A Great Awakening
Churches, often in the center of town, were central to colonial life. Here, churchgoers sing as they wait to enter their church.
In the 1730s and 1740s, the Great Awakening shook up the English colonies. This religious movement caused an outpouring of Christian faith. It also prompted new ways of thinking about the church and society. As a result, it helped lay the foundations for political changes to come.
Nathan Cole was working on his farm on the morning of October 23, 1740, when he heard the news. George Whitefield was coming.
A famous preacher, Whitefield was known for his powerful sermons. He had traveled all over the colonies, drawing huge crowds wherever he went. Now he was in Connecticut. In fact, he was preaching in nearby Middletown that very morning. Cole knew he had to move fast.
Thousands of people were rushing to Middletown to hear Whitefield speak. “I saw no man at work in his field,” Cole wrote, “but all seemed to be gone.” When Cole and his wife reached the town, they found a large crowd gathered there. The mood was electric as they waited for Whitefield to appear.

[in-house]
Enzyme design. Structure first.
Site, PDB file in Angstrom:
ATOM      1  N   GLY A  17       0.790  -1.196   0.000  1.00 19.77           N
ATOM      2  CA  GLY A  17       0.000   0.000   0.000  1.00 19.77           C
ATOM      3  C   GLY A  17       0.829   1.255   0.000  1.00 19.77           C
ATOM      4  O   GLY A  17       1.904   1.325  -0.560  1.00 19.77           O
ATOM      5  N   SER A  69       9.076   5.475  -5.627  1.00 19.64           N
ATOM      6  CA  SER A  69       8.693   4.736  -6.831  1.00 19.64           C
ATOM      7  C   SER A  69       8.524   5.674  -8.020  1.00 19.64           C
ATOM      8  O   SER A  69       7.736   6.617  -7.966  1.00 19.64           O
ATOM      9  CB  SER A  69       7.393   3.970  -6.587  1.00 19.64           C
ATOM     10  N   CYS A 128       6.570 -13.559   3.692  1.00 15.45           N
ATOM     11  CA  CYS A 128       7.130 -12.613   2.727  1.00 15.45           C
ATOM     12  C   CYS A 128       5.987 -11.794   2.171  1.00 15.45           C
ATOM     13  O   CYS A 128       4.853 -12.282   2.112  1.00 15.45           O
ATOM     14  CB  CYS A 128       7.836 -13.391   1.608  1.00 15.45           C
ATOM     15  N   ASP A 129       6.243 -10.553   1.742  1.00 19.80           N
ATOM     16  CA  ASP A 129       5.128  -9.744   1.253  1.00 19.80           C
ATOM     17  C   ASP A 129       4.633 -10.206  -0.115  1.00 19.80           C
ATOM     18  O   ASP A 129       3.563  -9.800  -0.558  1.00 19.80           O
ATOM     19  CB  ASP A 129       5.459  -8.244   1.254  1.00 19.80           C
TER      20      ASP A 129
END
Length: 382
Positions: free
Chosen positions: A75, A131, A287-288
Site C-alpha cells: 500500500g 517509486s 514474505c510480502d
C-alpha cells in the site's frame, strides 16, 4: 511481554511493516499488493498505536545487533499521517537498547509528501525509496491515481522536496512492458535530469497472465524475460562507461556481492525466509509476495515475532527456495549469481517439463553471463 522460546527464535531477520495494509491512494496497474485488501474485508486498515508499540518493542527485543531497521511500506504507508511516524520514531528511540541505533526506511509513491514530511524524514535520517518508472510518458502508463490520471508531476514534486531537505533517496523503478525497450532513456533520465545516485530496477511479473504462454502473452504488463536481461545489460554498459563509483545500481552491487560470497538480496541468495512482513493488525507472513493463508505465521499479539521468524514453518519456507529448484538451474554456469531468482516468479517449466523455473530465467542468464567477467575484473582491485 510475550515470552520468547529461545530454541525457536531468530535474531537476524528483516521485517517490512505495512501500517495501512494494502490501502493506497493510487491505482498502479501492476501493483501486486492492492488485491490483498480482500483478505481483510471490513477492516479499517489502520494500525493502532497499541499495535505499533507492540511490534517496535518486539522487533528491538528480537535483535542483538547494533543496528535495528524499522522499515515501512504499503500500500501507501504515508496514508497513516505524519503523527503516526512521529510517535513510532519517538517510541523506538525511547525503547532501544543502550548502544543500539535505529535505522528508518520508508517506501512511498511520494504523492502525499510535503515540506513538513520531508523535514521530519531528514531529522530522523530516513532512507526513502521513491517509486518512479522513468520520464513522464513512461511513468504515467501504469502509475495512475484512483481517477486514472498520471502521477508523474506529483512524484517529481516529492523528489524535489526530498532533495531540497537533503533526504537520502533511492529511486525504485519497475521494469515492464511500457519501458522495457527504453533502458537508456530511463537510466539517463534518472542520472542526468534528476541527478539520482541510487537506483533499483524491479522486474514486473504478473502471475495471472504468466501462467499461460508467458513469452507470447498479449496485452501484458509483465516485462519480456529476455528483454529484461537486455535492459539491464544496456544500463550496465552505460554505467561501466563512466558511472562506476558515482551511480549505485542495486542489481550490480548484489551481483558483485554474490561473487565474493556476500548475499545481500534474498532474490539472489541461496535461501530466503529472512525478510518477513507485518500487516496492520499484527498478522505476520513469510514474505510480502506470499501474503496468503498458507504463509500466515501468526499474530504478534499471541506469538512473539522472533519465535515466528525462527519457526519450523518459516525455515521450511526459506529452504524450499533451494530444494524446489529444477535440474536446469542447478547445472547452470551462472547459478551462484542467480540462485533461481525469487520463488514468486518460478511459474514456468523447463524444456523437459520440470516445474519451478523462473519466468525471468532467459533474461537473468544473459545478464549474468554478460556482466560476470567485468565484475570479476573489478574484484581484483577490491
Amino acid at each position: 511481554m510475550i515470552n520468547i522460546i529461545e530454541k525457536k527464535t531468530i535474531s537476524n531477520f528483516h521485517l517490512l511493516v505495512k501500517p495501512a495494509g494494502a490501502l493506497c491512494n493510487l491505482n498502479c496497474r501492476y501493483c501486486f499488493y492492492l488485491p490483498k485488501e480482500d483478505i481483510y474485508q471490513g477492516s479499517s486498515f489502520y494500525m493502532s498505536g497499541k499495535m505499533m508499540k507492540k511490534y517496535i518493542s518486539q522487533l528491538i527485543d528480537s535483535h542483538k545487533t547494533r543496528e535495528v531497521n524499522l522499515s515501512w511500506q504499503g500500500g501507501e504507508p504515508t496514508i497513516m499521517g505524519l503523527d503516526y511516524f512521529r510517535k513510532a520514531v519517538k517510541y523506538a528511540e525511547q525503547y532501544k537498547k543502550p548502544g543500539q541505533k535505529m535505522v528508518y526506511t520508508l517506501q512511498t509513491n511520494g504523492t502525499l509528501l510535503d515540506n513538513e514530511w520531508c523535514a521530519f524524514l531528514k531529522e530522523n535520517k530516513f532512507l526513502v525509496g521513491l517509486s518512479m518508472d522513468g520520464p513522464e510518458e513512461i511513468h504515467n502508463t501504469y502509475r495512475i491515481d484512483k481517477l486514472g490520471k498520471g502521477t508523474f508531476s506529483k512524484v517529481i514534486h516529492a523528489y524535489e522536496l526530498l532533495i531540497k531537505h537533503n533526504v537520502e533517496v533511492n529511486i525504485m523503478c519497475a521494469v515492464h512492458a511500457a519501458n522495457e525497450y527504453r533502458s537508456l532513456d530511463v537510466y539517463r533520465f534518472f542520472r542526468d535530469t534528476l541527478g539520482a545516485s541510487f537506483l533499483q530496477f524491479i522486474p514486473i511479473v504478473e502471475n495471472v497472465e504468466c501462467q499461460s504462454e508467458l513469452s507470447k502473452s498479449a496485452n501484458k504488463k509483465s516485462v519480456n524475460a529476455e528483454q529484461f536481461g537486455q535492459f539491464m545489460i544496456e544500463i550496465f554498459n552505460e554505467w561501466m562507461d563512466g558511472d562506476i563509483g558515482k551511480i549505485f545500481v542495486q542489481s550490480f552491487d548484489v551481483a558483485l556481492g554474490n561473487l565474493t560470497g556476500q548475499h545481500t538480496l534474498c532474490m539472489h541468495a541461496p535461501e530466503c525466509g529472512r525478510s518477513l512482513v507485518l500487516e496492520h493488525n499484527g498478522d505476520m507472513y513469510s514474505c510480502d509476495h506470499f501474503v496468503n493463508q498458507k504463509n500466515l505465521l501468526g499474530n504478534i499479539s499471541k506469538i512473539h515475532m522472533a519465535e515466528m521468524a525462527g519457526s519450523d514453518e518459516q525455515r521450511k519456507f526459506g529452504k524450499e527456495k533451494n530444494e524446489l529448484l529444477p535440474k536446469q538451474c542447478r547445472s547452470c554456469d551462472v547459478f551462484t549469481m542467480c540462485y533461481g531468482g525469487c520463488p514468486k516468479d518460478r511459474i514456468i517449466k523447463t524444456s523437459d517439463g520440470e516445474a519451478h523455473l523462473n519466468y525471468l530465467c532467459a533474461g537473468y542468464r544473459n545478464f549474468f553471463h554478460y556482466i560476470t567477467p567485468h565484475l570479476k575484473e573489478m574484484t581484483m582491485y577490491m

What was behind all this excitement? Why would a preacher's arrival cause a commotion like that of a rock star or a Hollywood celebrity today?
In fact, Whitefield was a superstar of his time. He was the most famous figure in a religious revival that was sweeping the colonies. People were seeking a deep spiritual experience and a direct connection to God. They found that connection in preachers like Whitefield.